In Texas, legal custody is referred to as conservatorship. According to Texas law, when parents dissolve their marriage, they should typically be named joint managing conservators. This means they raise the child and make decisions concerning education and healthcare issues, among others.
So, if this is the state’s law, can a parent get sole custody?
It is uncommon, but possible
If a parent can prove to the court that their case involves family violence, child abuse/neglect or alcohol/drug abuse by the other parent, they can be named the sole managing conservator. The other parent being absent in the child’s life is another reason to get sole custody in Texas.
Does this mean the other parent lacks parental rights?
When one parent is named the sole managing conservator, the other parent is usually named the possessory conservator. They will still have parental rights but not the final say on most decisions.
The court will consider several factors to determine the rights and duties of the possessory conservator.
Is sole managing conservatorship beneficial?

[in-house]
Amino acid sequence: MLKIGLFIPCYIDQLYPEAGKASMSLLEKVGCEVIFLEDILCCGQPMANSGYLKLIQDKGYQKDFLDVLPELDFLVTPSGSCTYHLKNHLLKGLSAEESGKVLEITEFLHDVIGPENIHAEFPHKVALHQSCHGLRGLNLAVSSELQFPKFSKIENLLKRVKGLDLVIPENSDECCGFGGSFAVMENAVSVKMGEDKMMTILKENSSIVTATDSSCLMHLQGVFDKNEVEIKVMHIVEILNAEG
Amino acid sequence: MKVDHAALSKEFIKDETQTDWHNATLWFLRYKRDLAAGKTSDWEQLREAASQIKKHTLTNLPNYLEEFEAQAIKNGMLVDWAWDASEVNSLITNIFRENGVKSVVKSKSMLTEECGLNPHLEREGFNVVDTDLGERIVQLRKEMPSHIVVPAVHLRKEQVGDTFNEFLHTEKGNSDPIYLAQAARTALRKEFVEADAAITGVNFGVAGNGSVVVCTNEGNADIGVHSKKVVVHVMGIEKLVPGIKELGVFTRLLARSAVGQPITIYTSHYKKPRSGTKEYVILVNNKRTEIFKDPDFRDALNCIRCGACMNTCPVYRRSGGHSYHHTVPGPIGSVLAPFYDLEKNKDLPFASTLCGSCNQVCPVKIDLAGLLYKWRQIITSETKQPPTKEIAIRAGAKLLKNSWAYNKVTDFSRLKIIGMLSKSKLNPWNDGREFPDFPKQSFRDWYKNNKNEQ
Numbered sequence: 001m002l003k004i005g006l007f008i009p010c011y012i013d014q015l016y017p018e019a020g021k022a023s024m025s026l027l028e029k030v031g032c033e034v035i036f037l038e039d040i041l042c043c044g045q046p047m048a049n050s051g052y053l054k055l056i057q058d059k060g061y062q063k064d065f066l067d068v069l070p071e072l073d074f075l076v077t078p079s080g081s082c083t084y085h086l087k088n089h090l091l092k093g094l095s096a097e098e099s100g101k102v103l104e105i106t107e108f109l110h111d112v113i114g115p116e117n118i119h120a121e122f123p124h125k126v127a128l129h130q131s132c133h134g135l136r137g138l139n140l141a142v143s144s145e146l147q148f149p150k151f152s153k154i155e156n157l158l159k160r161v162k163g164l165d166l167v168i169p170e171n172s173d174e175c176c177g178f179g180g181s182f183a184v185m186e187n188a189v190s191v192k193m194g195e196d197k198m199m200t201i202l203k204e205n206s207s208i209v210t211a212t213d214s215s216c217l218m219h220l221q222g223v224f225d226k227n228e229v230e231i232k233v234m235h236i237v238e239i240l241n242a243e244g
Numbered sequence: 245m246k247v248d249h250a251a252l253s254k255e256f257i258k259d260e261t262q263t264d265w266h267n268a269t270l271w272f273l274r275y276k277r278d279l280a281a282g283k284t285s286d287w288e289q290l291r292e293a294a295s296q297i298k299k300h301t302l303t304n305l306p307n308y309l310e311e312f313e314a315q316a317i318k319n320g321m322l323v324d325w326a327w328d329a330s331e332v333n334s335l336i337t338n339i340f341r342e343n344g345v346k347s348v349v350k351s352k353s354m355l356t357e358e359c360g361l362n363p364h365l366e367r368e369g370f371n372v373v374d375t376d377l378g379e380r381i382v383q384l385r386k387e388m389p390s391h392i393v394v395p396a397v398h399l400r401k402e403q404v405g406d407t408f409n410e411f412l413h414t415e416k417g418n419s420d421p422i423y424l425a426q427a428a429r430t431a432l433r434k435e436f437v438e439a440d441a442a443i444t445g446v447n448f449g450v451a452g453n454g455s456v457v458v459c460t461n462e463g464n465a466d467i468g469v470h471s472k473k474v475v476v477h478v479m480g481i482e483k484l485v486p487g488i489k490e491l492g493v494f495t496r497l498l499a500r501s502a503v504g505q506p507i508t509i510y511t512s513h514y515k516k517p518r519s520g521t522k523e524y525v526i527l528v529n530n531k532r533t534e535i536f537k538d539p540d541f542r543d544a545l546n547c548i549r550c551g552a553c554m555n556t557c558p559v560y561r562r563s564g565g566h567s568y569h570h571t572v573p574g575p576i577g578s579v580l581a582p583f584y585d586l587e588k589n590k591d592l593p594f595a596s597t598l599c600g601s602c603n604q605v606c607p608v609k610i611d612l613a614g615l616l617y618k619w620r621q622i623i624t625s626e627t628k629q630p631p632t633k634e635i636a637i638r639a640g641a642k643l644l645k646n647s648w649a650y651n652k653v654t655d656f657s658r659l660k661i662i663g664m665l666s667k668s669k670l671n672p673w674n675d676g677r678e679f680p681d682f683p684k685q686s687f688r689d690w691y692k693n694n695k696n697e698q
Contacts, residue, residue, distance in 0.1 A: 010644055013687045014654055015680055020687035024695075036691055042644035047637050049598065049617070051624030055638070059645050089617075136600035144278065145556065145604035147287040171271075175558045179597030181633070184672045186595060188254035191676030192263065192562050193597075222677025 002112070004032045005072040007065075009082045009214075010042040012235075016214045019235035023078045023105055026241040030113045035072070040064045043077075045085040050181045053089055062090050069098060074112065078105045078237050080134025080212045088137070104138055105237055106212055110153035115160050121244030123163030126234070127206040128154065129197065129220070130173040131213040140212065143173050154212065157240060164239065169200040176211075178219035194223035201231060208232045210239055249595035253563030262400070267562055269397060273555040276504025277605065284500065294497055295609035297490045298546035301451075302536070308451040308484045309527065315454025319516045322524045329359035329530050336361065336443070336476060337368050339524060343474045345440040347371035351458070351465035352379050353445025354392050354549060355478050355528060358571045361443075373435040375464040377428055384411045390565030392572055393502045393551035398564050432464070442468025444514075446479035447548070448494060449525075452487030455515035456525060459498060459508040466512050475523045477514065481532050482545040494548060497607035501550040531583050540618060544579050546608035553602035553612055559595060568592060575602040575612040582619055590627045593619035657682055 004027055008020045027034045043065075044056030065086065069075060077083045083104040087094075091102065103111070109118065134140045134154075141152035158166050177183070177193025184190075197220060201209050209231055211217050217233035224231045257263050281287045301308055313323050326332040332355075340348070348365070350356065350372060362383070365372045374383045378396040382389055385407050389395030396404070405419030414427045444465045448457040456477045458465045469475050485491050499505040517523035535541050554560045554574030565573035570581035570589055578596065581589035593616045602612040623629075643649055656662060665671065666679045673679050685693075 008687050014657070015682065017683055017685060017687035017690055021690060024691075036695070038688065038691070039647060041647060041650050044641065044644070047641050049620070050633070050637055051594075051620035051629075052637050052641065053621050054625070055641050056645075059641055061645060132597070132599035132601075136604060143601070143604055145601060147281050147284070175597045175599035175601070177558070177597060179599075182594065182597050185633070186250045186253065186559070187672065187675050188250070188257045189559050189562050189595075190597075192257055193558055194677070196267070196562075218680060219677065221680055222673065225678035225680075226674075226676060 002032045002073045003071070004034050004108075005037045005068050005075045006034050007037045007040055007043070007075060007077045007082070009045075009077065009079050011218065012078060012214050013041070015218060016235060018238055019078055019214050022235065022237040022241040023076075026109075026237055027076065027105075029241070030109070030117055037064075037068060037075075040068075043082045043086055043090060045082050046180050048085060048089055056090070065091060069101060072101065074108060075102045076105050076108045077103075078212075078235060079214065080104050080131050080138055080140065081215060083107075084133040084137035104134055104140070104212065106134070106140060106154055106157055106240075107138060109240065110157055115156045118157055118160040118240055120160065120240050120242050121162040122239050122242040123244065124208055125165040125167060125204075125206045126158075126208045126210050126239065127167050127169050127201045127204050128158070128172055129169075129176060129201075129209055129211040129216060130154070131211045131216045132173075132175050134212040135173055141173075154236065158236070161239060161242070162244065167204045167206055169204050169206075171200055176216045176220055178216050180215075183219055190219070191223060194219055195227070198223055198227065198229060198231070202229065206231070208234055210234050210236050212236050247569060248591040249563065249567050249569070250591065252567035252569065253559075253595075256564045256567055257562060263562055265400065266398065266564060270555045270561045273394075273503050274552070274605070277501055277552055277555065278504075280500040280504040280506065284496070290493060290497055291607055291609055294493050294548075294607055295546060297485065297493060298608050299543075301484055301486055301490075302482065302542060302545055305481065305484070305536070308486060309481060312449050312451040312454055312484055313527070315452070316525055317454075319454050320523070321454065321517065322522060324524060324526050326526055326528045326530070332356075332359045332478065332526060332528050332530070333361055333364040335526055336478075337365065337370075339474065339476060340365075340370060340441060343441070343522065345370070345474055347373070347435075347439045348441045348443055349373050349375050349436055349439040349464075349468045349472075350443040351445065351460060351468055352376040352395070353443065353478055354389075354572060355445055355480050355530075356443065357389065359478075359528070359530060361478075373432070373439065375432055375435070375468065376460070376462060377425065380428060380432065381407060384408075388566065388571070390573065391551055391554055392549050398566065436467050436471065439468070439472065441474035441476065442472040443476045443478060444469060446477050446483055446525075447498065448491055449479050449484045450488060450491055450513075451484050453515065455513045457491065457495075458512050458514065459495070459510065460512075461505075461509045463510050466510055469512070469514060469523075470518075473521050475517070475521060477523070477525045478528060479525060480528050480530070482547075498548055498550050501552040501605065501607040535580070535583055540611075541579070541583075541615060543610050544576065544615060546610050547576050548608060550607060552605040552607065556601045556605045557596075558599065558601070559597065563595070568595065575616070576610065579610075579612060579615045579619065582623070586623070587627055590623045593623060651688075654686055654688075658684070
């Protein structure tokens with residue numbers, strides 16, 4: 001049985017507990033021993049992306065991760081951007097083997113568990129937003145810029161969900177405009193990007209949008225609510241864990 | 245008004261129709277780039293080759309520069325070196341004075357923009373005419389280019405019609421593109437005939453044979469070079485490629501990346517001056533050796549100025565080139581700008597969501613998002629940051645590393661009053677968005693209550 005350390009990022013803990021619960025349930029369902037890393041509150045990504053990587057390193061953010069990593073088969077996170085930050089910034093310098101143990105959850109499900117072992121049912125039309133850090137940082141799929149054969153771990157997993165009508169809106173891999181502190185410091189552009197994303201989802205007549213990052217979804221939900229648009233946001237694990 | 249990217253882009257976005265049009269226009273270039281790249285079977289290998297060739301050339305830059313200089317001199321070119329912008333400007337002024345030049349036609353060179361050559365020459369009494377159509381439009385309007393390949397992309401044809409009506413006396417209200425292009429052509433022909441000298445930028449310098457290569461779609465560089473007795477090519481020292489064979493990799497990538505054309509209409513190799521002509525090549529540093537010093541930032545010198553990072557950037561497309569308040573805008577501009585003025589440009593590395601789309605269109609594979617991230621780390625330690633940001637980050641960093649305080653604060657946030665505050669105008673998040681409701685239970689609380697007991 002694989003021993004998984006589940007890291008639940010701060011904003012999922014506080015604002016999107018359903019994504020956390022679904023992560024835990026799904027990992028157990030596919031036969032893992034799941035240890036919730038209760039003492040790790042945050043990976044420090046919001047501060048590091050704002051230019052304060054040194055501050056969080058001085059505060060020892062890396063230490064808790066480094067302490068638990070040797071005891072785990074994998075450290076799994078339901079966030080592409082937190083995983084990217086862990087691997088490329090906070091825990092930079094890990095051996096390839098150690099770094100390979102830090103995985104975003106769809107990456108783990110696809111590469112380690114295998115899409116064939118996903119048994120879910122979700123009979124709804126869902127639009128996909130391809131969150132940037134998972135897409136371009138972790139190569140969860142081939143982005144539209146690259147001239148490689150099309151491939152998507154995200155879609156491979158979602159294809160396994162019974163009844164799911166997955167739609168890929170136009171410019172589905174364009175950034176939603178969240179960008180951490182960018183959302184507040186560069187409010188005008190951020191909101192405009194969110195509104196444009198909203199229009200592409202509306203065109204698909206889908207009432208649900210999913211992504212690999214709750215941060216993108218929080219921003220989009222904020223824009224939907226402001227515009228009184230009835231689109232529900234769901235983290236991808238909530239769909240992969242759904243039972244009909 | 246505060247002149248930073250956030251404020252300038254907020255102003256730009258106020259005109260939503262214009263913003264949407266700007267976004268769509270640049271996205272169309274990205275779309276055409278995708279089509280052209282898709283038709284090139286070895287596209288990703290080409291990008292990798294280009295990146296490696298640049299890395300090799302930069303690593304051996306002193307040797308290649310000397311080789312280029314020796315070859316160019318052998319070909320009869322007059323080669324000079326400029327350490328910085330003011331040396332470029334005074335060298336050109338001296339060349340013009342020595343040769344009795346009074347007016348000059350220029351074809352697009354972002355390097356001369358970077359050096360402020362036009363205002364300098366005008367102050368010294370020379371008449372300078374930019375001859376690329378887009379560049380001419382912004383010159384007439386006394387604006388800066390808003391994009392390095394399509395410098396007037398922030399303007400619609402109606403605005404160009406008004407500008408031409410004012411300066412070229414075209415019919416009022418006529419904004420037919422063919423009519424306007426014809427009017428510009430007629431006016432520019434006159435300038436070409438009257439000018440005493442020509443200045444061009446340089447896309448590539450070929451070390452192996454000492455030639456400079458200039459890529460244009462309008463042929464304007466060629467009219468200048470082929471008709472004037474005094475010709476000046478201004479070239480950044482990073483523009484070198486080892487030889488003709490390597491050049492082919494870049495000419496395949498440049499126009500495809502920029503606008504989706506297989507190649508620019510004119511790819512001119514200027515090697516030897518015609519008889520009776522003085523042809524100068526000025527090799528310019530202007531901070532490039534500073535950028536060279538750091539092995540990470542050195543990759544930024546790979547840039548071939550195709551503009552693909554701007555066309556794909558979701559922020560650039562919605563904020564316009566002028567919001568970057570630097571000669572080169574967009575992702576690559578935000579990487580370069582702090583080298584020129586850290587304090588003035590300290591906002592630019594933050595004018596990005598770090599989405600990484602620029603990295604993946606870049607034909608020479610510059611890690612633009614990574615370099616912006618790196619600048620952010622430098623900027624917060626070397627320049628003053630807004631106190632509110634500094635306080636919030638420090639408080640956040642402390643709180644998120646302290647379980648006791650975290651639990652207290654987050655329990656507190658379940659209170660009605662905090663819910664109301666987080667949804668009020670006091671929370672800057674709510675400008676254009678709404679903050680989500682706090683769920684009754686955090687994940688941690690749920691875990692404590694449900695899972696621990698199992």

If your case has a valid reason to get sole managing conservatorship, you should do so to protect your child. Other benefits you can enjoy are less conflict with the other parent since you make most of the decisions, and it can create more stability for your child.
Further, sole managing conservatorship can give you peace of mind, especially if neglect or absence of the other parent is a factor in your case. You won’t need to worry about tracking them now and then to ensure they observe the custody terms.
Can you change a custody order?
If you want to change your existing conservatorship order, you can file a modification case, and a judge can change it.
If you believe sole managing conservatorship is in your child’s best interest, seek legal help to get it.